The European Commission said Saturday it has reached an “amicable solution” with Beijing over imports of Chinese solar panels, a dispute that had threatened to turn into a full-blown trade war.
“We found an amicable solution in the EU-China solar panels case that will lead to a new market equilibrium at sustainable prices,” EU Trade Commissioner Karel De Gucht said in a statement.
The breakthrough comes as Brussels and Beijing remain locked in a series of tit-for-tat disputes on other products ranging from steel pipes and telecoms equipment to wine and chemicals.
The two sides are major trading powers, rivals and partners. Total trade last year came to nearly $550 billion (415 billion euros), with China enjoying a significant surplus as Europeans have bought up Chinese-made goods from iPhones to steel.
The Chinese government welcomed the deal which it said “showcased pragmatic and flexible attitudes from both sides and the wisdom to resolve the issue” and which would also encourage “an open, cooperative, stable and sustainable economic and trade relationship.”
The tariff was set to rise to 47 percent if no settlement was reached by Aug. 6.
De Gucht claimed at the time that Chinese solar panels were being sold to Europe at nearly 90 percent below cost, forcing EU manufacturers out of business with the loss of thousands of jobs.
According to Chinese figures, China exported $35.8 billion worth of solar products in 2011, more than 60 percent to the EU, and imported $7.5 billion worth of European solar equipment and raw materials.
De Gucht’s statement said the accord “is intended to strike a balance between two key elements — it (will) remove the injurious dumping found and allows at the same time for a stable solar panel supply to the EU market.”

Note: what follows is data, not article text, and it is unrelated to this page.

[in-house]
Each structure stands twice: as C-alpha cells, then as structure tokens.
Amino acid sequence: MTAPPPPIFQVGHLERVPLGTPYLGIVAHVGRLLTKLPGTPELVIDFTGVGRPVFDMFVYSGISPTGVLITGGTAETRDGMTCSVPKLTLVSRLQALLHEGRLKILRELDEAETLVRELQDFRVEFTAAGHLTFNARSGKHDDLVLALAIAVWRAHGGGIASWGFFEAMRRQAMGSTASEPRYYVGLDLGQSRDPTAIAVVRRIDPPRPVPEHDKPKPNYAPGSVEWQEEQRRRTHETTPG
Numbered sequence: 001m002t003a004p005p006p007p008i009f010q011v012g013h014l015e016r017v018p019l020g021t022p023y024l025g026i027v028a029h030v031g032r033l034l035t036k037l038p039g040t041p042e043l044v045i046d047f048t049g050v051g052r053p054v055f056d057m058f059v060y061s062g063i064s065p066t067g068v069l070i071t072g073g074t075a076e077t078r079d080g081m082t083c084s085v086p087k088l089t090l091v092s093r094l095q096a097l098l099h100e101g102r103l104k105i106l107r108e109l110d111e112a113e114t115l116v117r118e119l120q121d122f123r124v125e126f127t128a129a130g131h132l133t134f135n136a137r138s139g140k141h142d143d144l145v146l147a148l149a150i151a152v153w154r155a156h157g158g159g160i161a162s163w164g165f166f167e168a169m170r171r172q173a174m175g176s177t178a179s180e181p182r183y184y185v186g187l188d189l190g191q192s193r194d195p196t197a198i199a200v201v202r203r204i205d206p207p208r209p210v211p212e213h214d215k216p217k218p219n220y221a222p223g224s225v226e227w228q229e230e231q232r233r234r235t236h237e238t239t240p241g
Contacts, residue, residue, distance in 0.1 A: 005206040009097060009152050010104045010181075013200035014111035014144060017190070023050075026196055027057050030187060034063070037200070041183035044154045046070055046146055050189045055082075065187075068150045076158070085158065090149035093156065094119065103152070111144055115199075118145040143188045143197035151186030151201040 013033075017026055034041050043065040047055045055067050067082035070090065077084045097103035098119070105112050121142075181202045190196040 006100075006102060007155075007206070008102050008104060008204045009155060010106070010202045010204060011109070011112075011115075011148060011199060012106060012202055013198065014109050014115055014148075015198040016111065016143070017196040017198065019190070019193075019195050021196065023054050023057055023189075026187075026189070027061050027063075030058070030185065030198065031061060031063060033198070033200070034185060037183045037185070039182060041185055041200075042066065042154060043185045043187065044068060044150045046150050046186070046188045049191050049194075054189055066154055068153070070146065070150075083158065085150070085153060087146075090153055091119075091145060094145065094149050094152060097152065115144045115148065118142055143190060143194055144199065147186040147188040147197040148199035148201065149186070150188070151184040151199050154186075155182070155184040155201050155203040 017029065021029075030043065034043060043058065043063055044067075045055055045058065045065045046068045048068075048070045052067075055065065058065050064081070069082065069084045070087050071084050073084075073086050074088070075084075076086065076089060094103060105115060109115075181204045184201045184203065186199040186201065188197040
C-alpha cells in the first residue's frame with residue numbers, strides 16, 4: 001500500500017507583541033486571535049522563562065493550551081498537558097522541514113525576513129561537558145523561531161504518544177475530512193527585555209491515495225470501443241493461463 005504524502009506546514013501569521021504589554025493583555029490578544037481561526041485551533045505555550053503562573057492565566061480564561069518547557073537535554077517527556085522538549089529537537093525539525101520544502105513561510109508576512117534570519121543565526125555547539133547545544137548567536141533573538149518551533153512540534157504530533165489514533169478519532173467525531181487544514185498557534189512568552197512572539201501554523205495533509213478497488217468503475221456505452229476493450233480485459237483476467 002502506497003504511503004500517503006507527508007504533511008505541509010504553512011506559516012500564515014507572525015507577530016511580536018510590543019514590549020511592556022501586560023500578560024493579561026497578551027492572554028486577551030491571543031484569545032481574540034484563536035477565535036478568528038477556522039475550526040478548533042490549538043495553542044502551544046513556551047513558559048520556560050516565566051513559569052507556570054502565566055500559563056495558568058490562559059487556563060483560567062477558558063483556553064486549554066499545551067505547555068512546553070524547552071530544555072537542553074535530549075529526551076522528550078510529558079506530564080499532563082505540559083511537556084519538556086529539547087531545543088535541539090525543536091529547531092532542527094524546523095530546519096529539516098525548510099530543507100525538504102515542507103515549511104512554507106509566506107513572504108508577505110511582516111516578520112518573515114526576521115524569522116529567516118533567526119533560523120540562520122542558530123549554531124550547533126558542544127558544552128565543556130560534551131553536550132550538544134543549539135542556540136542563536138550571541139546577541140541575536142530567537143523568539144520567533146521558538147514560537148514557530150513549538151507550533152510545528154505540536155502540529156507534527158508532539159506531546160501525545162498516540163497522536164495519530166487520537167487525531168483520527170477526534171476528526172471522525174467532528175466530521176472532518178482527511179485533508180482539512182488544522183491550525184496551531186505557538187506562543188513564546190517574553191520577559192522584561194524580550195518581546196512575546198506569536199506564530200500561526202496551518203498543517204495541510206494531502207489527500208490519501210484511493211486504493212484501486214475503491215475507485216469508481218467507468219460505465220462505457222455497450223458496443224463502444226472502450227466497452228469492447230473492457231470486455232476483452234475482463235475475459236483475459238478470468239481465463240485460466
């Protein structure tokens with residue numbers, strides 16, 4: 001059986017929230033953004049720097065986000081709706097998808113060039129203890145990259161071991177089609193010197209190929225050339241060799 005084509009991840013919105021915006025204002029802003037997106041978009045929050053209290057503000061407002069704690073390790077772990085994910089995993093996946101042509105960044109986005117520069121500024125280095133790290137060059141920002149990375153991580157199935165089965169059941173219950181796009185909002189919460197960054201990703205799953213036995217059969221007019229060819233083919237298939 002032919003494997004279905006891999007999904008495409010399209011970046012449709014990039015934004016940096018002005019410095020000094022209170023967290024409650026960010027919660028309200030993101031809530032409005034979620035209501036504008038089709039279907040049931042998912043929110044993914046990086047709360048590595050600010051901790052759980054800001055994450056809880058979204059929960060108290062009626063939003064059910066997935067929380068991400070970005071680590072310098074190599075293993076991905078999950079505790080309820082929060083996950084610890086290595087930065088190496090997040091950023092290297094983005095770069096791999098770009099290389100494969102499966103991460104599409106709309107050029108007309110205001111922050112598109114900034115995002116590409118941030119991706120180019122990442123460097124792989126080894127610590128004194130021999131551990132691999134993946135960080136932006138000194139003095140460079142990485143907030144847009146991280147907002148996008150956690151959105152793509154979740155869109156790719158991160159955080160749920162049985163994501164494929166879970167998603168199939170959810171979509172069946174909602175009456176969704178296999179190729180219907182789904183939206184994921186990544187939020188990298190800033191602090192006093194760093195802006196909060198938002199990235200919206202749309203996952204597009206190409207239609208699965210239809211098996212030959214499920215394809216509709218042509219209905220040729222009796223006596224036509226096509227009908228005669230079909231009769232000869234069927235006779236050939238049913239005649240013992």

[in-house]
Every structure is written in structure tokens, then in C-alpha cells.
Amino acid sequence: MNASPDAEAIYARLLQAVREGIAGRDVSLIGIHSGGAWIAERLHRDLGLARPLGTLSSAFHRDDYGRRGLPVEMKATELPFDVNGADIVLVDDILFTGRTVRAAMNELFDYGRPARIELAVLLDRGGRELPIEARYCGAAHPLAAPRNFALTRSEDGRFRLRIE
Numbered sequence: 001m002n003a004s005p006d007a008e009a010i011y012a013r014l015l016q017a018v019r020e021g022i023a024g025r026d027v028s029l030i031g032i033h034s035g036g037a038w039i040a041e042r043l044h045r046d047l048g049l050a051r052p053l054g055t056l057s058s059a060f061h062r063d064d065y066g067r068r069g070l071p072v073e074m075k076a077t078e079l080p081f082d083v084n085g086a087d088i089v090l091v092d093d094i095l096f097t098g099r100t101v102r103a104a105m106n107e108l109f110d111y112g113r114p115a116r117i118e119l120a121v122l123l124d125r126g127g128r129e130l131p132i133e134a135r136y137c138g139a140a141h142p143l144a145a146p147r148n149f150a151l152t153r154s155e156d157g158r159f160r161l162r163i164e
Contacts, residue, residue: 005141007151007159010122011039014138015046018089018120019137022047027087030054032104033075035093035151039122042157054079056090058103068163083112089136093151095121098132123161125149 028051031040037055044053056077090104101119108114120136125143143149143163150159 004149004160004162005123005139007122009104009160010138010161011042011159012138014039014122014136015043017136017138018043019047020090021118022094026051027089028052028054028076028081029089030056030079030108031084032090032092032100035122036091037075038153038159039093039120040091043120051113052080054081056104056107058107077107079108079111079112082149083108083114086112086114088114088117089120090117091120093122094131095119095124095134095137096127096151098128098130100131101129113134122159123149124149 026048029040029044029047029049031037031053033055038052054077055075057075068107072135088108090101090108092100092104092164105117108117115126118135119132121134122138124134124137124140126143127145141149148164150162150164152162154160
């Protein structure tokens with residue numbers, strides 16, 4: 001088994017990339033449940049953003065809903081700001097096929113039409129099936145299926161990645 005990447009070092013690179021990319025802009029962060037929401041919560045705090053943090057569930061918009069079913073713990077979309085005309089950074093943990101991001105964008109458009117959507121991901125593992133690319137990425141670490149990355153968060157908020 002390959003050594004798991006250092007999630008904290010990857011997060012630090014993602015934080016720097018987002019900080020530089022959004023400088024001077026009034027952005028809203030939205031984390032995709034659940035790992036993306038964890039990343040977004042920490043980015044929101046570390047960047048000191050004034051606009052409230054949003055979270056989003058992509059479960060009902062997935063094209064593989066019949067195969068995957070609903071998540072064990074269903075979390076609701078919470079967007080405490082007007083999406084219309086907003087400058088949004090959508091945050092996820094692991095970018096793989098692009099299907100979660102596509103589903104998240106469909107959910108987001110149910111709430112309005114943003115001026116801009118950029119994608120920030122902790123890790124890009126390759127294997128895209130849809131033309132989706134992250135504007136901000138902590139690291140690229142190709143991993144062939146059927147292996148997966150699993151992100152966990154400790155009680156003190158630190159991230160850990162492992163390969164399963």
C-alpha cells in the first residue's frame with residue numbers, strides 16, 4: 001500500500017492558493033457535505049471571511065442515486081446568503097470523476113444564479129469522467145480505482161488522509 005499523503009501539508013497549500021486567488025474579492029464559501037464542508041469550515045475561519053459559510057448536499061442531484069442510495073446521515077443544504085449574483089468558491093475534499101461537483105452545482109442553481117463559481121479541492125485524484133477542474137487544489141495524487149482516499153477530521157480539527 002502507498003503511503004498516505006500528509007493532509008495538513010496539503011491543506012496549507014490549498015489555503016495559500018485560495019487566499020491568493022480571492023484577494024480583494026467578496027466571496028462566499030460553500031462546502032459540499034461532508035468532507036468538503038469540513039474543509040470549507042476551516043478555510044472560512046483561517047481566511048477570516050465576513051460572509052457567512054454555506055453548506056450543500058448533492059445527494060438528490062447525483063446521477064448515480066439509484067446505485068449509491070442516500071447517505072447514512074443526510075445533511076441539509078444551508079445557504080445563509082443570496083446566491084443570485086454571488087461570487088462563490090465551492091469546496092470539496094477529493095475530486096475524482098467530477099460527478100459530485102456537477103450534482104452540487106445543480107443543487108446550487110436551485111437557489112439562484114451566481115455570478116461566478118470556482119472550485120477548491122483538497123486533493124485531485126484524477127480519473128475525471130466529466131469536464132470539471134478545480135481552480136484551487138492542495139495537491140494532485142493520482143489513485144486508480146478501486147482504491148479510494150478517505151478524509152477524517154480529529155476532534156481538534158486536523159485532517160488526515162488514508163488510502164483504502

In practice, it means Chinese exporters will respect a minimum price, providing a floor for the market.
The statement gave no further details but diplomatic sources said the minimum panel price would be equal to 56 cents per watt of power they produced.
This regime would apply to the first seven gigawatts (GW) of solar panels imported, with any above that threshold incurring an average anti-dumping tariff of 47.6 percent, the sources said.
Lobby group EU ProSun said it would take Brussels to court as the deal violated European law and sounded the death-knell for the industry by handing China some 70 percent of the market at around current prices.
The accord “endangers the very existence of the European solar industry, which has already lost 15,000 jobs due to Chinese dumping, and now is at risk of losing most if not all of the remaining producers in Europe,” it said in a statement.
De Gucht and the Commission had failed in their duties, and only wanted to “bring the proceedings to a quick end. Throughout the negotiations, China appears to have provoked and mocked the EU,” it said, adding that damage done “went far beyond the solar industry.”
Other parts of the industry however had not been in favor of the tariffs, arguing that they benefited from cheap Chinese imports when it came to installing solar energy systems as opposed to making the actual panels.
Germany, the EU’s top economy, had been lukewarm and had lectured Brussels on the need to avoid the dispute degenerating to the point where it harmed the overall trade relationship with China.
“It is a good thing there is a compromise,” German Economy Minister Philipp Roesler said Saturday. “We always stressed that a negotiated deal was better than a conflict.”
EU officials said full details of the accord will be available once it is appr